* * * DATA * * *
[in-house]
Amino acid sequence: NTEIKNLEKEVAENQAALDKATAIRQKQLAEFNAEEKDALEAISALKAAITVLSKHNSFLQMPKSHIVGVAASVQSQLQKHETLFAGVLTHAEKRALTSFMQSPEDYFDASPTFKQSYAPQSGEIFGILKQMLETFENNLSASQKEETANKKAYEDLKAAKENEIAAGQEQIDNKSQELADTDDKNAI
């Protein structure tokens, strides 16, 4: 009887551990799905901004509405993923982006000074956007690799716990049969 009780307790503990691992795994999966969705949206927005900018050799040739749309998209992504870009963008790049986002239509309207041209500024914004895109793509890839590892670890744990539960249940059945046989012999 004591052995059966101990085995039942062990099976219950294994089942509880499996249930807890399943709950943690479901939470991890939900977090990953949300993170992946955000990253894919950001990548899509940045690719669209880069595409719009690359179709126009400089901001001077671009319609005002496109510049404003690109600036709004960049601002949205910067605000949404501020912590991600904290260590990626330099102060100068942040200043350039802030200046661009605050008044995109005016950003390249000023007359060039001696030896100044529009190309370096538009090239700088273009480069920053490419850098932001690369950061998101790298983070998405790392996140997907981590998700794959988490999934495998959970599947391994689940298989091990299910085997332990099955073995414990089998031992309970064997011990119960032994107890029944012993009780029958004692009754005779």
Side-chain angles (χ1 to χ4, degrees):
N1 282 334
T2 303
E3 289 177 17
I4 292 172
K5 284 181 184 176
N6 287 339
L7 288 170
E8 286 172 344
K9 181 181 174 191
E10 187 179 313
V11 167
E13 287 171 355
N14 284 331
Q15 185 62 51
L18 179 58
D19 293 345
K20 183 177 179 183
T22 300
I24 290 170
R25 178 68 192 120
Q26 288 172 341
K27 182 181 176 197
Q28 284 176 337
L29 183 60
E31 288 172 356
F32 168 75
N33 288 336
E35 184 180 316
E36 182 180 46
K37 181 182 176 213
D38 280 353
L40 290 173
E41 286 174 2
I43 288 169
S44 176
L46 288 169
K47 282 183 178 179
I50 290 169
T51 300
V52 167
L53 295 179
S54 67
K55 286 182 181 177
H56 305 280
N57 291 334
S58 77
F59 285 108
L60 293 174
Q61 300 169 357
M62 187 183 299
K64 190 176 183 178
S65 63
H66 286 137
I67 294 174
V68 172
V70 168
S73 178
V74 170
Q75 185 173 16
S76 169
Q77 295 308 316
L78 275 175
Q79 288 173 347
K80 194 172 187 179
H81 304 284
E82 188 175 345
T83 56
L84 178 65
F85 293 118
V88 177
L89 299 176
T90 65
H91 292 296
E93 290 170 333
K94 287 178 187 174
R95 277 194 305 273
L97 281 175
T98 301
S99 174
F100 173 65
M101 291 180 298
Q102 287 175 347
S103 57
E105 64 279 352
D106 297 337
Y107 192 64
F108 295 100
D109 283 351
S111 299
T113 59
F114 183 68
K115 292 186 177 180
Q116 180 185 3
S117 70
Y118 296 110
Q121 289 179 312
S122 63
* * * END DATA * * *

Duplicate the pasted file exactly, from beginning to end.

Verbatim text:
[in-house]
Amino acid sequence: NTEIKNLEKEVAENQAALDKATAIRQKQLAEFNAEEKDALEAISALKAAITVLSKHNSFLQMPKSHIVGVAASVQSQLQKHETLFAGVLTHAEKRALTSFMQSPEDYFDASPTFKQSYAPQSGEIFGILKQMLETFENNLSASQKEETANKKAYEDLKAAKENEIAAGQEQIDNKSQELADTDDKNAI
């Protein structure tokens, strides 16, 4: 009887551990799905901004509405993923982006000074956007690799716990049969 009780307790503990691992795994999966969705949206927005900018050799040739749309998209992504870009963008790049986002239509309207041209500024914004895109793509890839590892670890744990539960249940059945046989012999 004591052995059966101990085995039942062990099976219950294994089942509880499996249930807890399943709950943690479901939470991890939900977090990953949300993170992946955000990253894919950001990548899509940045690719669209880069595409719009690359179709126009400089901001001077671009319609005002496109510049404003690109600036709004960049601002949205910067605000949404501020912590991600904290260590990626330099102060100068942040200043350039802030200046661009605050008044995109005016950003390249000023007359060039001696030896100044529009190309370096538009090239700088273009480069920053490419850098932001690369950061998101790298983070998405790392996140997907981590998700794959988490999934495998959970599947391994689940298989091990299910085997332990099955073995414990089998031992309970064997011990119960032994107890029944012993009780029958004692009754005779």
Side-chain angles (χ1 to χ4, degrees):
N1 282 334
T2 303
E3 289 177 17
I4 292 172
K5 284 181 184 176
N6 287 339
L7 288 170
E8 286 172 344
K9 181 181 174 191
E10 187 179 313
V11 167
E13 287 171 355
N14 284 331
Q15 185 62 51
L18 179 58
D19 293 345
K20 183 177 179 183
T22 300
I24 290 170
R25 178 68 192 120
Q26 288 172 341
K27 182 181 176 197
Q28 284 176 337
L29 183 60
E31 288 172 356
F32 168 75
N33 288 336
E35 184 180 316
E36 182 180 46
K37 181 182 176 213
D38 280 353
L40 290 173
E41 286 174 2
I43 288 169
S44 176
L46 288 169
K47 282 183 178 179
I50 290 169
T51 300
V52 167
L53 295 179
S54 67
K55 286 182 181 177
H56 305 280
N57 291 334
S58 77
F59 285 108
L60 293 174
Q61 300 169 357
M62 187 183 299
K64 190 176 183 178
S65 63
H66 286 137
I67 294 174
V68 172
V70 168
S73 178
V74 170
Q75 185 173 16
S76 169
Q77 295 308 316
L78 275 175
Q79 288 173 347
K80 194 172 187 179
H81 304 284
E82 188 175 345
T83 56
L84 178 65
F85 293 118
V88 177
L89 299 176
T90 65
H91 292 296
E93 290 170 333
K94 287 178 187 174
R95 277 194 305 273
L97 281 175
T98 301
S99 174
F100 173 65
M101 291 180 298
Q102 287 175 347
S103 57
E105 64 279 352
D106 297 337
Y107 192 64
F108 295 100
D109 283 351
S111 299
T113 59
F114 183 68
K115 292 186 177 180
Q116 180 185 3
S117 70
Y118 296 110
Q121 289 179 312
S122 63